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CHAPTER XVIII RUMORS OF WAR
Washington is a city of rumors, and for some hours after the mysterious disappearance of the Cleverly bill the air was filled with stories of an approaching political war. Some of John Carlton's bitter partisans made the emphatic assertion that Joel Phipps was at the bottom of the whole business and that he had deliberately destroyed the bill in order to prevent its passage by the Committee. The Congressman was the first one to repudiate this charge.

"There is no proof whatever," he said, "that Joel Phipps is in any way responsible for the loss of the bill. I am a believer in fair play, and I want it distinctly understood that I have not in any way impugned the good faith of my colleagues or of any employé of the Committee."

[Pg 244]

"But you put the blame on the clerk at the meeting of the Committee."

"Yes," he admitted reluctantly, "I did, but it was a case of hasty judgment on my part."

"Then you acquit Phipps?"

"I have neither acquitted or convicted anyone."

"But what do you suppose became of the bill?"

"I'm sure I don't know," was the despairing reply.

In spite of John Carlton's peaceful talk, the friends and enemies of the bill seemed determined to stir strife. Some of them went so far as to say that the disappearance of the bill was a bit of trickery which had been engineered by opponents of the Administration, who took this method of punishing the Congressman for his loyalty to the President. Carlton pooh-poohed this, but in spite of his protests, the story was flashing along newspaper row. The whole thing illustrated the[Pg 245] astonishing rapidity with which a mere rumor can grow into an accepted fact. It was like a snowball rolling down a hill. It gathered weight and momentum as it proceeded. By nightfall some of the sensational journalists were building up a story of a political war that was to involve the entire United States.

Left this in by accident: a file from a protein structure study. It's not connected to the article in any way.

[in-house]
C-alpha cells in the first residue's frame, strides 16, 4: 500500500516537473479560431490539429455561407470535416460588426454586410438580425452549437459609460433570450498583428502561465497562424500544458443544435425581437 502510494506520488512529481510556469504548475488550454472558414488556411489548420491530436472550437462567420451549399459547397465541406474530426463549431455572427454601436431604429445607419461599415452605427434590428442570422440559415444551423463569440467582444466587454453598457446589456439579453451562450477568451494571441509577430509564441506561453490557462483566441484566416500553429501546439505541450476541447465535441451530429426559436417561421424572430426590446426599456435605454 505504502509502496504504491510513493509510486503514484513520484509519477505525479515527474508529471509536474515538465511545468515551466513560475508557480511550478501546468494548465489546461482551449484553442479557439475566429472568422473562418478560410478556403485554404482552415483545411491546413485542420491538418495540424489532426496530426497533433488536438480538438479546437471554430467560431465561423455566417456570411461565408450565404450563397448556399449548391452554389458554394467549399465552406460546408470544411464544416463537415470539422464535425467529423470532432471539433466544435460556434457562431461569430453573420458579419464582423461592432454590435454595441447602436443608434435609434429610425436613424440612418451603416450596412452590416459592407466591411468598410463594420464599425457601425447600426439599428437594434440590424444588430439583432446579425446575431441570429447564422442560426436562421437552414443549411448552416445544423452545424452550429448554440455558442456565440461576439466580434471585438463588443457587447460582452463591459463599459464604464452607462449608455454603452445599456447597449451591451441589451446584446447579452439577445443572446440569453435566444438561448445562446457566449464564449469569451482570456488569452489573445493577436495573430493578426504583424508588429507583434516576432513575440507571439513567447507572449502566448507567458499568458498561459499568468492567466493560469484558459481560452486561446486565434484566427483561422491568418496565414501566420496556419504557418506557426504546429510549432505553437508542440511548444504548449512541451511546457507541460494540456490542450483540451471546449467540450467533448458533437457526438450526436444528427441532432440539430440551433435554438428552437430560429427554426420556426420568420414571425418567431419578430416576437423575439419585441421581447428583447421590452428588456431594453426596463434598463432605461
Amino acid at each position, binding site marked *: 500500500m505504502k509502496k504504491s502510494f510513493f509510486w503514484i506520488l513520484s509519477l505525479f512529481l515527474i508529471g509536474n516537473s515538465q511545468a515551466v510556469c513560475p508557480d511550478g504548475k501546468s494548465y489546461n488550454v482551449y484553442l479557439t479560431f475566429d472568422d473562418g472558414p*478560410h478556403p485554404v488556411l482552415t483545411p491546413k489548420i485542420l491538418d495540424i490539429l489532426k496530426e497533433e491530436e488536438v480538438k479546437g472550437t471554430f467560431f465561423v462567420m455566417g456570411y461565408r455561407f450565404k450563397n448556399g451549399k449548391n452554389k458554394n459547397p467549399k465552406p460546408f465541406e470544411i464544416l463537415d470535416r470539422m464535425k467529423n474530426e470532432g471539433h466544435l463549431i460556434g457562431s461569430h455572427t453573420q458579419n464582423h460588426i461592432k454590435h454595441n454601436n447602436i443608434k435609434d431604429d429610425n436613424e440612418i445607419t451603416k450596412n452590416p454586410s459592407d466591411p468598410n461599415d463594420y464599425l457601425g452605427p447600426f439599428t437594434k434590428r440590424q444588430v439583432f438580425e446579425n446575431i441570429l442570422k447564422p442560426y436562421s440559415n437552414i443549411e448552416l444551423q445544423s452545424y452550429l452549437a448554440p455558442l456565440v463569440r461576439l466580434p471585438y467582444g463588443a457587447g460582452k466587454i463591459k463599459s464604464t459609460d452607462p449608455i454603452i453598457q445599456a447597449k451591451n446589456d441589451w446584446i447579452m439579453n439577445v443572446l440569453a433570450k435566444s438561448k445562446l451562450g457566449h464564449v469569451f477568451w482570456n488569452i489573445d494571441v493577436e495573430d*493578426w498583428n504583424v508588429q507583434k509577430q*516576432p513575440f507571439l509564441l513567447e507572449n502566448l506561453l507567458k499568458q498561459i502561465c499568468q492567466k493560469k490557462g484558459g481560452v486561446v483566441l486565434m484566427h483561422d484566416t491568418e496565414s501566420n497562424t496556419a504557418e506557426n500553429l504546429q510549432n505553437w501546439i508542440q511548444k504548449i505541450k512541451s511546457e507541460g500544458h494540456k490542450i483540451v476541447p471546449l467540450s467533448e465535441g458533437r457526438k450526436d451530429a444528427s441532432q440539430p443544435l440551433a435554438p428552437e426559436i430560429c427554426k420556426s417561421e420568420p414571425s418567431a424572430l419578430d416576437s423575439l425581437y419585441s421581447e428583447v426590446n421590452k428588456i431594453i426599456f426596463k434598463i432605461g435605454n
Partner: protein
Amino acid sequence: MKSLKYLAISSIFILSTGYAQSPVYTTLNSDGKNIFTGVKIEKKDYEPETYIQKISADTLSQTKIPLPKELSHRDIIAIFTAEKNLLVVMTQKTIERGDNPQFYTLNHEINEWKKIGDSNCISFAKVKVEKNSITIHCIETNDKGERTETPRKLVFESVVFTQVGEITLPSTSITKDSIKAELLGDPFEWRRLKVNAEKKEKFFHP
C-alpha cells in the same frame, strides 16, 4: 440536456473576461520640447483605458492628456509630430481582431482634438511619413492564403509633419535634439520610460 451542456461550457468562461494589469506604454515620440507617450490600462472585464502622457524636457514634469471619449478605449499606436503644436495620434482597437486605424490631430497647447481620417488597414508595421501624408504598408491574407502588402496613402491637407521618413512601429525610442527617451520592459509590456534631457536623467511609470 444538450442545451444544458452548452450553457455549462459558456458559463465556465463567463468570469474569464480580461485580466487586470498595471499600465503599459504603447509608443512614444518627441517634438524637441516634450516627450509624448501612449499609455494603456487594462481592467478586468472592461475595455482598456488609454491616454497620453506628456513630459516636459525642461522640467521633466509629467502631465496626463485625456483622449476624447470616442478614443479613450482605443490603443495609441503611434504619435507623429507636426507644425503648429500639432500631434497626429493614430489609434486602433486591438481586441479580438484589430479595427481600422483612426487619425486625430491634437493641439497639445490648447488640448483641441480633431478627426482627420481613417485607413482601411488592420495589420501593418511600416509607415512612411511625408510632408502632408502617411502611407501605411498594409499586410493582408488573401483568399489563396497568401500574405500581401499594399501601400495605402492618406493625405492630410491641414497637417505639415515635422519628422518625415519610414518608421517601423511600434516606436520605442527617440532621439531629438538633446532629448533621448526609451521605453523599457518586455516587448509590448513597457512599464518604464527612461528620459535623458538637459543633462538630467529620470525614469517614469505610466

Barry missed all of this. He had been sent to Georgetown to obtain some law books for a member of Congress, and he was entirely unaware of the fate that had befallen his beloved bill. Mr. Carlton, in a half amused way, wondered how the boy would feel when he learned the news. He was at dinner in the hotel when one of the newspaper correspondents called on him to inquire whether he would make a statement concerning the great political war.

"Certainly," he said.

The young man pulled out his pencil and note book.

"It will be short," warned the Congressman.

"Very well," was the smiling rejoinder, "anything you may say will be of interest."

[Pg 246]

"Rubbish!" said the statesman.

The newspaper man looked at him curiously.

"Well, I am still waiting," he said.

"But I have given you the statement you desired," said Carlton.

"What was it?"

"Rubbish—that's all."

"Do you really mean to put that out as your answer to the charges and innuendos that are floating about Washington?"

"That is precisely what I mean. I desire to say neither more nor less. Simply state that Congressman Carlton, when questioned on this matter, said 'Rubbish.'"

While Carlton was doing his best to pour oil on the troubled waters, Hudson was, on the other hand, going about sedulously stirring up the angry passions of the legislators. Without making any direct charges, he insinuated that the proposed bill had a significance which it really did not possess. He still felt very sore over the effective manner in which Carlton had blocked the claim which he presented in[Pg 247] the House earlier in the session. A big, broad-minded man would have accepted this defeat gracefully, but Hudson was not that type of statesman. He had a grievance and he nursed it, hoping that in the end he would succeed in revenging himself upon the even-tempered Carlton.